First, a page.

Driven to hostilities by the unjust demands of the Jat, Najib-ud-dauIa, with an army of ten to twelve thousand horse and foot, and accompanied by his two sons Afzal Khan, Sabita Khan, and also by some other Ruhela leaders of note, such as Mahmud Khan Bangash (Siyar, iv. 31), crossed the Jamuna [19th Jamada II=24th Dec., 1763] to give battle to the "proud uncircumcised." Suraj Mal leaving his son Jawahar at Farrukhnagar to look after the recently conquered territories, had, several days before, crossed the Jamuna.

Both armies now took up positions on the banks of the Hindan (a small tributary of the Jamuna), about seven kos, east of Delhi. The Jat army entrenched themselves and planted their guns on the other [eastern] bank of the Hindan. In the earlier part of the day several petty engagements took place in which the Jats had the better of the encounter. Towards the closing hours of the day, Suraj Mal crossed the Hindan with six thousand troops and attacked the Muslim lines. An action took place in which about 1,000 men were slain on both sides. In the heat of action Suraj Mal Jat with thirty horsemen only fell upon the centre of the Mughals and Balohes and was slain" (Sunday, 19th Jamada II, 1777 A.H = Dec. 25, 1763 A.D. Waqa, p. 199). So admirable was discipline of the Jat army, that though the news of Suraj Mal's death spread through the ranks, not a single soldier was shaken. They stood on their ground as if nothing had happenea, while tile Musatrnan army broke and fled with to their camp. Afterwards the Jat army left the field with the mastery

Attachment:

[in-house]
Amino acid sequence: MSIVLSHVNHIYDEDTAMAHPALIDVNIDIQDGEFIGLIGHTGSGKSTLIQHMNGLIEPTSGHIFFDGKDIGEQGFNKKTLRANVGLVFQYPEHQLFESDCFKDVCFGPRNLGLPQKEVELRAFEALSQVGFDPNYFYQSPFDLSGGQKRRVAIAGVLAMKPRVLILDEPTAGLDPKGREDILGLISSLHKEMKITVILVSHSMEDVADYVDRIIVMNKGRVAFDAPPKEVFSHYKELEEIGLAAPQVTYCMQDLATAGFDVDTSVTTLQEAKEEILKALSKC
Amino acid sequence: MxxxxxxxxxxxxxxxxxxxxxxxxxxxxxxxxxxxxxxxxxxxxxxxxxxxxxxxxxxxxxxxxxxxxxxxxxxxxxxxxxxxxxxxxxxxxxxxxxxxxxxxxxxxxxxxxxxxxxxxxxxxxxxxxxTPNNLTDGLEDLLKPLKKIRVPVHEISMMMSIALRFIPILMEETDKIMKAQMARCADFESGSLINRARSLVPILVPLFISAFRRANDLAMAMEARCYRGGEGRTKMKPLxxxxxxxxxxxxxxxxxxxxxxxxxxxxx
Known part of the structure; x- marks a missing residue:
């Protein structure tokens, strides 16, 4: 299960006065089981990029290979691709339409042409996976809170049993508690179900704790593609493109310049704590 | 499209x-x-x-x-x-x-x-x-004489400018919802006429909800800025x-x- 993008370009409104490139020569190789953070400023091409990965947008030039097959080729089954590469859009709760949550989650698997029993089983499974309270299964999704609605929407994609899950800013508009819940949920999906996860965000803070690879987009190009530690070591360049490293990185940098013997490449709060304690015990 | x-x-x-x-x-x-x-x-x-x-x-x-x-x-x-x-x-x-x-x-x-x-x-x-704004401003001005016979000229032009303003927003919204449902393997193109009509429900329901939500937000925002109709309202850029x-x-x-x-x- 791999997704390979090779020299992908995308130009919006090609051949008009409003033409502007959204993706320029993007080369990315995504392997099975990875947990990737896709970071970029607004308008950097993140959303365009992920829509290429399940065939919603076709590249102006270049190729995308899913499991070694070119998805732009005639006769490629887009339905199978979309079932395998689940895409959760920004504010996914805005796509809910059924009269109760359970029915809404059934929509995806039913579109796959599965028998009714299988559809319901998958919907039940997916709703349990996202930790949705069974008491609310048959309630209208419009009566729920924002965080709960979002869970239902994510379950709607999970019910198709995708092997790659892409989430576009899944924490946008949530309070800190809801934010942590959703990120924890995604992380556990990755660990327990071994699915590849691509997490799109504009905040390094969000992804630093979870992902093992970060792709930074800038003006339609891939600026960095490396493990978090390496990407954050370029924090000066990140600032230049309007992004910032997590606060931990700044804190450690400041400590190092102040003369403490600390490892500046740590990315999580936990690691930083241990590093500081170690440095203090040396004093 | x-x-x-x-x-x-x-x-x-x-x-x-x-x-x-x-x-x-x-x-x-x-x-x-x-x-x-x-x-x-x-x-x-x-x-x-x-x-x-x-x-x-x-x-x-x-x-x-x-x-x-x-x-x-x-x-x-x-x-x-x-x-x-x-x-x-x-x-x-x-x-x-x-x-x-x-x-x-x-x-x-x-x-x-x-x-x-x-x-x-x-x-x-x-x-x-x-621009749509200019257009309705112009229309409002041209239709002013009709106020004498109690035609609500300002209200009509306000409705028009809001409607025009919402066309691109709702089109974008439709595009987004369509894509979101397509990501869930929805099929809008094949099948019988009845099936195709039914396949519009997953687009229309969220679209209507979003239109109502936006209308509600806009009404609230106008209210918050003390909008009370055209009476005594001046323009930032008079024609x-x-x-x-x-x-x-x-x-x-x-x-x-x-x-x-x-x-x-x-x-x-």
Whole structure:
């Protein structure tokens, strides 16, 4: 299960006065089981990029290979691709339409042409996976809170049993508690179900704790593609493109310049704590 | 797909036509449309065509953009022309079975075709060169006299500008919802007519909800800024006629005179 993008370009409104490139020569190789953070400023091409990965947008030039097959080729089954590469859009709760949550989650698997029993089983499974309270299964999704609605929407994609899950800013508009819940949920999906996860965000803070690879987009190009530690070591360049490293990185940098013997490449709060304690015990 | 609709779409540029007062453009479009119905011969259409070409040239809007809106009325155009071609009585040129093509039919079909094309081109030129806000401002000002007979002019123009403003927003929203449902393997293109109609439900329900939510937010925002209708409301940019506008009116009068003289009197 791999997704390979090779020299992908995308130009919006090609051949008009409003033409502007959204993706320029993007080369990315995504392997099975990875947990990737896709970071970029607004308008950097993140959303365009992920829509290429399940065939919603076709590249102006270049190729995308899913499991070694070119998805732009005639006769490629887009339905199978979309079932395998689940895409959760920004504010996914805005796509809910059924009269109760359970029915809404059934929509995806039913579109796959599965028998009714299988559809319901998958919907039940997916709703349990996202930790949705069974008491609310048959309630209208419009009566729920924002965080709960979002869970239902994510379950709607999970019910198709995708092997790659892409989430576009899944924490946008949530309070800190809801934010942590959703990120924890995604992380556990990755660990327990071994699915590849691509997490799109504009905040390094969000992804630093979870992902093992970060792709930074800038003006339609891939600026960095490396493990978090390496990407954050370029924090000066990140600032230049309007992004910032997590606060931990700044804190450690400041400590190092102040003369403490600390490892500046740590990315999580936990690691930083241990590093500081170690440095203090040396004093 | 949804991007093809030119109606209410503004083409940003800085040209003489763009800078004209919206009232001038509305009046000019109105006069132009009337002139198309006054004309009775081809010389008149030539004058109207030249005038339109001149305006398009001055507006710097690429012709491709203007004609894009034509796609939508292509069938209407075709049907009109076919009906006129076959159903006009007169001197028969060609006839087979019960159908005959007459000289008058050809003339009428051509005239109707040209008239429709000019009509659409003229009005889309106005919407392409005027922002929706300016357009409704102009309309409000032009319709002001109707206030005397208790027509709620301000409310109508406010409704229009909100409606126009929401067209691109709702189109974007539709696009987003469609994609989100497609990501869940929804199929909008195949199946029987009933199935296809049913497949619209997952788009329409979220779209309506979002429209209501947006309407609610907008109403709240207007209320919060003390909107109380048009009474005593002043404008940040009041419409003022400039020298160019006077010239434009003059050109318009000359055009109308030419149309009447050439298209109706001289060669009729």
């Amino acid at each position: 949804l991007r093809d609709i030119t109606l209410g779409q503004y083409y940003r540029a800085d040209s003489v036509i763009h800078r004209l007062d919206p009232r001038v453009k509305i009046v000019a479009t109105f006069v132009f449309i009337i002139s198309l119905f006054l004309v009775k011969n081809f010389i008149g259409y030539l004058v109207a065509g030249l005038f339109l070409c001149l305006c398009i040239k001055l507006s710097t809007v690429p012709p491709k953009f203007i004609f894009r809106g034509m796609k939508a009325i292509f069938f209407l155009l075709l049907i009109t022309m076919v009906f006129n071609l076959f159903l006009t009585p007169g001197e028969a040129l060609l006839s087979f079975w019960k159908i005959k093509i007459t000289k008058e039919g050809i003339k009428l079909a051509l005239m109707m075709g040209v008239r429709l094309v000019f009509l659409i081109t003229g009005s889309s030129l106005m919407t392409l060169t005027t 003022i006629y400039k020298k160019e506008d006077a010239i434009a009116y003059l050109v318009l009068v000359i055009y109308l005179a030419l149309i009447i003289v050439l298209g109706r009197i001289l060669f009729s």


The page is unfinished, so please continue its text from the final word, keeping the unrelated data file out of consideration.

5. According to the Siyar, Yaqub All was abruptly dismissed on the very day of his arrival, "with words that if he came for a pacification only he had better not come at all [Siyar, iv. 31]. There is no truth in it as is proved by the more definite and authentic entry in the Waqa. However there is no doubt that Suraj Mal's demand was extravagant and his attitude towards Najib-ud-daula was haughty and unyielding. Father Wendel briefly remarks "But Suraj Mal demanded war" .... (Orme MS., 49).

[Page 90] of victors [Siyar, iv. 32]. This was too great an event to be believed by the enemy. "His corpse did not come into their hands. The news of his death was not verified at that time. Najib Khan remained standing on his ground throughout the night for the Safety of his army. At midnight the Jats retreated from the opposite bank of the Hindan. Not a trace of the Jat army was to be found, and then only was the news of the death of Suraj Mal believed. [6] Najib Khan returned to the capital." [Bayan, MS. p. 303.]

A wise, politic, valiant and grand ruler

Raja Suraj Mal, "the eye and the shining taper of the Jat tribe - the most redoubtable prince in Hindustan for the last 15 years" - thus disappeared from the stage of life leaving his work half-done. His was a towering personality and a transcendental genius to which homage has been paid by every eighteenth century historian. "He was," says Father Wendel, "in one word, wise, politic, valiant and grand, above his birth and to the point of being admired and feared by foreigners." [Fr. MS. 51]

6. Najib Khan's caution is perhaps justified by the saying in the country-side "Don't believe a Jat to be dead till his thirteenth day [Shardhdha ceremony] is over!"